Lance Armstrong called it quits late Thursday in his battle to end an investigation by the U.S. Anti-Doping Agency, and the organization said it will strip Armstrong of his strip him of his titles, including seven Tour de France victories.
The move comes three days after a federal judge dismissed Armstrong's most recent lawsuit aimed at halting the case.
The USADA – a quasi-government agency recognized as the official anti-doping agency for Olympic, Pan American and Paralympic sports in the United States – has accused Armstrong of using, possessing, trafficking and giving to others performance-enhancing drugs, as well as covering up doping violations.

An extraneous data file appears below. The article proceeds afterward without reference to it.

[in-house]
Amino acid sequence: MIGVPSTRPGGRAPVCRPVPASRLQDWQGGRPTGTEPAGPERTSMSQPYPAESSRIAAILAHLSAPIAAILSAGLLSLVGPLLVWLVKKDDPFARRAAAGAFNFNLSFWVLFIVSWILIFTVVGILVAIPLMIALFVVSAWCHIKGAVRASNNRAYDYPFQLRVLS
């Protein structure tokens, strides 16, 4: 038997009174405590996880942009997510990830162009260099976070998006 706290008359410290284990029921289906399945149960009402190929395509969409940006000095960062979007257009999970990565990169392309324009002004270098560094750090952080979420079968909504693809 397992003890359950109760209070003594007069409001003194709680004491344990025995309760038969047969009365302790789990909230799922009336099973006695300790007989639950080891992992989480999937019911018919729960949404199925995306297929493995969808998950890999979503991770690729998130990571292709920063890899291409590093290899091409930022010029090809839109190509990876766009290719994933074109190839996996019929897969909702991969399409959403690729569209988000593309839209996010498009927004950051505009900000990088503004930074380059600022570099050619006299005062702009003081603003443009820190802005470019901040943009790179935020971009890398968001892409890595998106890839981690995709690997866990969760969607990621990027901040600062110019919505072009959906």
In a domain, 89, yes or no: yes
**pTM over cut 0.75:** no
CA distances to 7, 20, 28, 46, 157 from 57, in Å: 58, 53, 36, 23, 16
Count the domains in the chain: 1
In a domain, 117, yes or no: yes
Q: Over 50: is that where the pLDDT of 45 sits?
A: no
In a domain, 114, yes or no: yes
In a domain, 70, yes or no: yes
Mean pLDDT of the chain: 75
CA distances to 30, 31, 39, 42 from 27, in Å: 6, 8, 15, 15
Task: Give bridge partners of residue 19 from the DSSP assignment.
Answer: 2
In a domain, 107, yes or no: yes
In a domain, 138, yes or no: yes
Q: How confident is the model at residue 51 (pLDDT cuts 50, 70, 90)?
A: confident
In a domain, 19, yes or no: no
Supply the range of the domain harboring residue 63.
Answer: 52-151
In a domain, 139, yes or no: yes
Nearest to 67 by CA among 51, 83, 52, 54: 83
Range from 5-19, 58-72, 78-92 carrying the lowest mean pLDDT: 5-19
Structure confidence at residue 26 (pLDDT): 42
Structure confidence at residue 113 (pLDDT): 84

Armstrong maintained he's never tested positive for performance-enhancing drugs and accused the USADA of being out to get a "big fish" to justify the agency's existence.
Armstrong said his decision is not an admission of guilt.
“USADA cannot assert control of a professional international sport and attempt to strip my seven Tour de France titles,” he said. “I know who won those seven Tours, my teammates know who won those seven Tours, and everyone I competed against knows who won those seven Tours.”
The 40-year-old Armstrong faces a lifetime cycling ban. Armstrong won the tour each year from 1999 to 2005, most of those for a team sponsored by the U.S. Postal Service. He retired twice from cycling – first in 2005, for four years, and again in 2011.